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Posts Tagged ‘Jimmy Carter’

Even though I recently praised him for his support of transportation deregulation, Jimmy Carter is widely considered to be a failed, one-term president.

Most people think his reelection prospects were doomed because of high inflation.

I suspect, however, that he was most hurt by falling levels of real income. And when I write “real income,” I’m referring to income after adjusting for inflation.

If you peruse the historical data from Table A-2 in the Census Bureau’s most recent report on income and poverty, you’ll notice that median household income (in 2020 dollars) dropped by nearly $2,000 between 1978 and 1980.

In other words, Carter may have survived double-digit inflation if incomes rose even faster than prices.

But that’s not what happened. Instead, we got rising prices and falling real income. This “stagflation” is probably the reason Ronald Reagan was elected, and the rest is history.

Moreover, history may be repeating itself.

Here’s a recent story from the Washington Post. I’ve excerpted the key passages, but all you really need to do is read the headline.

…the World Bank warned… Not since the 1970s — when twin oil shocks sapped growth and lifted prices, giving rise to the malady known as “stagflation” — has the global economy faced such a challenge. …“The risk from stagflation is considerable…,” said David Malpass, president of the multilateral development institution in Washington… Investors also could take a beating from a repeat of ‘70s-style stagflation. The S&P 500 stock index, already down more than 13 percent this year, could lose an additional 20 percent or more, according to a recent client note from Bank of America.

The World Bank mostly focused on the risks for the global economy.

But we are already suffering from stagflation in the United States, according to the Bureau of Labor Statistics.

Simply stated, 2021 was a terrible year for household incomes and the first half of 2022 has been even worse.

And I strongly suspect this is why Joe Biden has terrible poll numbers.

Ironically, The big uptick in inflation isn’t even Joe Biden’s fault. The Federal Reserve deserves the blame, mostly for what it did in 2020 before Biden became president.

That being said, Biden reappointed Jerome Powell, the Chairman of the Fed’s Board of Governors. By rewarding Powell’s failure, Biden is now in no position to deflect blame.

P.S. Rising prices and falling income under Jimmy Carter gave us Ronald Reagan, so bad policy indirectly led to a good outcome. As of now, it’s unclear if there’s a new version of Reagan to rescue us from today’s version of stagflation.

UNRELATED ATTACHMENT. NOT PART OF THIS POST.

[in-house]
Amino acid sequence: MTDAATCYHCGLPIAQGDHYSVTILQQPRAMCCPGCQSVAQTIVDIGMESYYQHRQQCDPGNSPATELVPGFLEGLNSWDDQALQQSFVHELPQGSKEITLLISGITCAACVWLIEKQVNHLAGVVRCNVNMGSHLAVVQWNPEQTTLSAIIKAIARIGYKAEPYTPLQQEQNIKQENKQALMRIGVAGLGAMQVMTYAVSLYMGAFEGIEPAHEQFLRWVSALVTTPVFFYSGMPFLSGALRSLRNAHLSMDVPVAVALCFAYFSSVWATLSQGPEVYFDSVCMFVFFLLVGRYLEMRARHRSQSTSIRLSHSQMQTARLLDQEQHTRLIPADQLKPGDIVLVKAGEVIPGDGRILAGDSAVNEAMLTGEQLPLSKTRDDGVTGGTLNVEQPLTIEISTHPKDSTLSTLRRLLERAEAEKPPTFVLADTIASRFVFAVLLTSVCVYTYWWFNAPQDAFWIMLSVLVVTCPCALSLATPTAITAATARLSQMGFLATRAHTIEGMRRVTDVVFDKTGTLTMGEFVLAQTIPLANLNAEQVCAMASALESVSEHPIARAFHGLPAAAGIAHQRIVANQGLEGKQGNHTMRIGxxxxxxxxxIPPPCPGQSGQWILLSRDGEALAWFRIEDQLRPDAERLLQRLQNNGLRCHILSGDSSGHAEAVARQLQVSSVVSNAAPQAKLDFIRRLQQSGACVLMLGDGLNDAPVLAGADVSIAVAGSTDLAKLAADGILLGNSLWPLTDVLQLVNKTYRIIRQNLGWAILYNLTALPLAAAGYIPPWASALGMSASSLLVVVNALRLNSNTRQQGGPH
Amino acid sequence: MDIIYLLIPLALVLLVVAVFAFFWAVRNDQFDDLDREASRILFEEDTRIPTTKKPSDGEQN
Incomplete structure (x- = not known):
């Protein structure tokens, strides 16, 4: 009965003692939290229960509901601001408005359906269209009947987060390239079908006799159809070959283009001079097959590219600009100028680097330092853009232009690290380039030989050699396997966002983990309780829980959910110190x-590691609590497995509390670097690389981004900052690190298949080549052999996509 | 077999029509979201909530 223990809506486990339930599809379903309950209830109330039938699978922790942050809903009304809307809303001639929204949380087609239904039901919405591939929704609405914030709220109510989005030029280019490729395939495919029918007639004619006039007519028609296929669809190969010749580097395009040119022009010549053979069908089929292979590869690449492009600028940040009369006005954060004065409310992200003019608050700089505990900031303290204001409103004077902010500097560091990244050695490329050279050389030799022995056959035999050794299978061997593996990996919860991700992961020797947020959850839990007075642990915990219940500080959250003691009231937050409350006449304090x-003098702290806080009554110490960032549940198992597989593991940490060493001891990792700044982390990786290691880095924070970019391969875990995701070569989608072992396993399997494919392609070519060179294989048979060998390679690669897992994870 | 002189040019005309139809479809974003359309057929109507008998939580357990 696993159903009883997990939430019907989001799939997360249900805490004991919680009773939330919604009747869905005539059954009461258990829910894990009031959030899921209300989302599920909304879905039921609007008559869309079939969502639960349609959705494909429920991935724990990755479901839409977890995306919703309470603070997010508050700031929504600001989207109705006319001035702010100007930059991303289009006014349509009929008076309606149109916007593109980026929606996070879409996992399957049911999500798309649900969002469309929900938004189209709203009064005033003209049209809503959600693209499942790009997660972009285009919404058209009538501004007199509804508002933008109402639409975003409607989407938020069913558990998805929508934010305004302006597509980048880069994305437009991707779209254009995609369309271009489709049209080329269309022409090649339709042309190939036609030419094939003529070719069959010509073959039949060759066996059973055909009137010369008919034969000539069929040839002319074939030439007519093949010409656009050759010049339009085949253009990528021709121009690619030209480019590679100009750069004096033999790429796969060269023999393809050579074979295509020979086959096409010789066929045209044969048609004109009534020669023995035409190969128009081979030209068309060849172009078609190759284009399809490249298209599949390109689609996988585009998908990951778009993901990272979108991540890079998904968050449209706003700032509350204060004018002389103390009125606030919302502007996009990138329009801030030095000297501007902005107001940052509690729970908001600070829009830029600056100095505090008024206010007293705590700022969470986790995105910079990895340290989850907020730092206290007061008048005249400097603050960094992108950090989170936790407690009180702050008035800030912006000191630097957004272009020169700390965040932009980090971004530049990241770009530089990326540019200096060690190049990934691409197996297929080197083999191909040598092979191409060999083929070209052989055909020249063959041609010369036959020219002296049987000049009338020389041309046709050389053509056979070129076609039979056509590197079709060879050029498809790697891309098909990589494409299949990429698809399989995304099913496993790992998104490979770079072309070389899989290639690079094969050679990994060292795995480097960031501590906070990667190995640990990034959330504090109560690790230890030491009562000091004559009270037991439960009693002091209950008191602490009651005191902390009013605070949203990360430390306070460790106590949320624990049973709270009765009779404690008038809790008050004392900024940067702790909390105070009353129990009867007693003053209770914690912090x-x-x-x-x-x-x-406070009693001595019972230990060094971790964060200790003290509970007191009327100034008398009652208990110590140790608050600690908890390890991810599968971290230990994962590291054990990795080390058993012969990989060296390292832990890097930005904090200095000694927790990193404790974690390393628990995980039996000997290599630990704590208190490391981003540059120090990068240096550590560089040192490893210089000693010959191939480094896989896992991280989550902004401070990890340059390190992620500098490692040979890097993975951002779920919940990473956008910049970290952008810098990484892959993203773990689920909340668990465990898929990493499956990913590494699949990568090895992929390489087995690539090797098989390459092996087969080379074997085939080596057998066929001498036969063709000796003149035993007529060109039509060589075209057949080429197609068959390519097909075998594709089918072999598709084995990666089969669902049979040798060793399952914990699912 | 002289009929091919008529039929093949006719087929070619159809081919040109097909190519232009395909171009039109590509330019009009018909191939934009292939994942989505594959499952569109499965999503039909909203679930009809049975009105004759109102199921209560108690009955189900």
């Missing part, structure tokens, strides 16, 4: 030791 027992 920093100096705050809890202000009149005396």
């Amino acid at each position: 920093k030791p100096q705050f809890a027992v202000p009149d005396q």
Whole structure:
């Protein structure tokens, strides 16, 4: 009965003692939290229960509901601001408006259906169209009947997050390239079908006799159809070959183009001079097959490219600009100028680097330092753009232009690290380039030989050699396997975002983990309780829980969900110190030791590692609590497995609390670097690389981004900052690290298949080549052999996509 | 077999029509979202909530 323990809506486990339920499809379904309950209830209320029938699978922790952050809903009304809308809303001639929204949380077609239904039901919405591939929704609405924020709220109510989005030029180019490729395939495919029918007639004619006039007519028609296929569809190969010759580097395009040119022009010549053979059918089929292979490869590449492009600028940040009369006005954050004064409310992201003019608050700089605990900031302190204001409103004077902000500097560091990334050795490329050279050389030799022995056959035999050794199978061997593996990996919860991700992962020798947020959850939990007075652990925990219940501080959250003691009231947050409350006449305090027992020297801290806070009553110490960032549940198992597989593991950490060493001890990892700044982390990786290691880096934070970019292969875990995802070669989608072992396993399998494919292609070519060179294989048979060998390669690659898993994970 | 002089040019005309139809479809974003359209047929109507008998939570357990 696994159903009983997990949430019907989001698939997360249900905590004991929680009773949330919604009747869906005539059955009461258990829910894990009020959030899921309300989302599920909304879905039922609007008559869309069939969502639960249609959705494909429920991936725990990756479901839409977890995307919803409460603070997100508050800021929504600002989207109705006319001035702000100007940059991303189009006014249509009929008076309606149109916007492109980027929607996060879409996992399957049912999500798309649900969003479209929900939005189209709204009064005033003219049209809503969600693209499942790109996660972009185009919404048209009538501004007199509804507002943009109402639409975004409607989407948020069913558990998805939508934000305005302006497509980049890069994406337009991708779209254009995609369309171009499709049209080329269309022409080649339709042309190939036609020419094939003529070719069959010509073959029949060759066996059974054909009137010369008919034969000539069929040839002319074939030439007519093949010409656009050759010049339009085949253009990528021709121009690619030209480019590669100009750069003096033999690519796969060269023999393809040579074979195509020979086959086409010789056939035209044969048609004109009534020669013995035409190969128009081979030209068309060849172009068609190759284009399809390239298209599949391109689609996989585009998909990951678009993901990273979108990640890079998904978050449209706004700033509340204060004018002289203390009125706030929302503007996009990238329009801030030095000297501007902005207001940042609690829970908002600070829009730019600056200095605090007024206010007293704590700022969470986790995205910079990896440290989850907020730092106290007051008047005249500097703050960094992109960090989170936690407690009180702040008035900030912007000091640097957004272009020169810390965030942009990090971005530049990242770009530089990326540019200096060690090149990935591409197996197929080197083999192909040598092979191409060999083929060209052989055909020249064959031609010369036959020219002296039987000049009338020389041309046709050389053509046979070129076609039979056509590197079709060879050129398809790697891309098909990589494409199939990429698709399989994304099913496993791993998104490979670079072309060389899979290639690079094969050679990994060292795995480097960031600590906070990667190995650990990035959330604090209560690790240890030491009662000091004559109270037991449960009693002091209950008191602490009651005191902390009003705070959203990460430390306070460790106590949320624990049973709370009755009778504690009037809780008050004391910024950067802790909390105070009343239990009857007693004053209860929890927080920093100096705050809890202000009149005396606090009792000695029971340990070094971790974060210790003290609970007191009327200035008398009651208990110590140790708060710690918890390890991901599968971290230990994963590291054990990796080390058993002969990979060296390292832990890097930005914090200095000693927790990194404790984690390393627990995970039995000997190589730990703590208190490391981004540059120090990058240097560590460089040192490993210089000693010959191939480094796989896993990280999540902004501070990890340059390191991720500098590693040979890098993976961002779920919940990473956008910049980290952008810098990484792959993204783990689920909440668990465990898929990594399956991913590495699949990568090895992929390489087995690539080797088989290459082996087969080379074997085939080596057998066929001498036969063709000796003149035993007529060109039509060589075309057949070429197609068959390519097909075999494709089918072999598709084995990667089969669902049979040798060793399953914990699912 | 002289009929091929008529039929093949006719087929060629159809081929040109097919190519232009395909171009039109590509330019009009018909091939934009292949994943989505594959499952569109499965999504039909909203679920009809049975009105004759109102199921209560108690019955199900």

P.P.S. For readers who are not old enough to have experienced America’s national rejuvenation under Reagan, you can click here, here, and here to see “the Gipper” in action.

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While specific examples can be very complex, the economic analysis of regulation is, at least in theory, quite simple.

Rules and red tape impose burdens that hinder economic activity, and this leads to higher costs for businesses and consumers.

These higher costs may be justified in some cases. That’s why it’s important to have high-quality cost-benefit analysis.

But in many cases, such analysis will show that regulation doesn’t make sense.

Fortunately, some presidents have understood that too much regulation is bad for prosperity.

Consider, for instance, the excellent track record of Jimmy Carter. We’ll start with an article by Norm Singleton for RealClearMarkets.

…deregulation was a major part of Carter’s economic agenda and one of the greatest aspects of his legacy.  It’s something that Carter and Reagan had in common, not something that set them apart. Carter—and other leading progressives at the time such as Ralph Nader—understood…Regulation frequently, if not always, benefits big businesses…at the expense of small businesses and most importantly, consumers. …the Civil Aeronautics Board (CAB), set airline routes, flight, schedules, and even prices. The result was 10 airlines enjoyed a de facto government-protected 90% of the air travel market: a monopoly with extra steps. This supposedly “pro-consumer” regulatory system made flying unaffordable for many Americans. Consequently, Carter signed the Airline Deregulation Act of 1978, ending the CAB’s power to control air travel. The result was new airlines entering the market offering lower prices and expanded routes. …Carter also pushed Congress to deregulate trucking and railroads.

Here are some details on the benefits of trucking deregulation, from a study by Andrew Crain published in the Journal on Telecommunication and High Tech Law.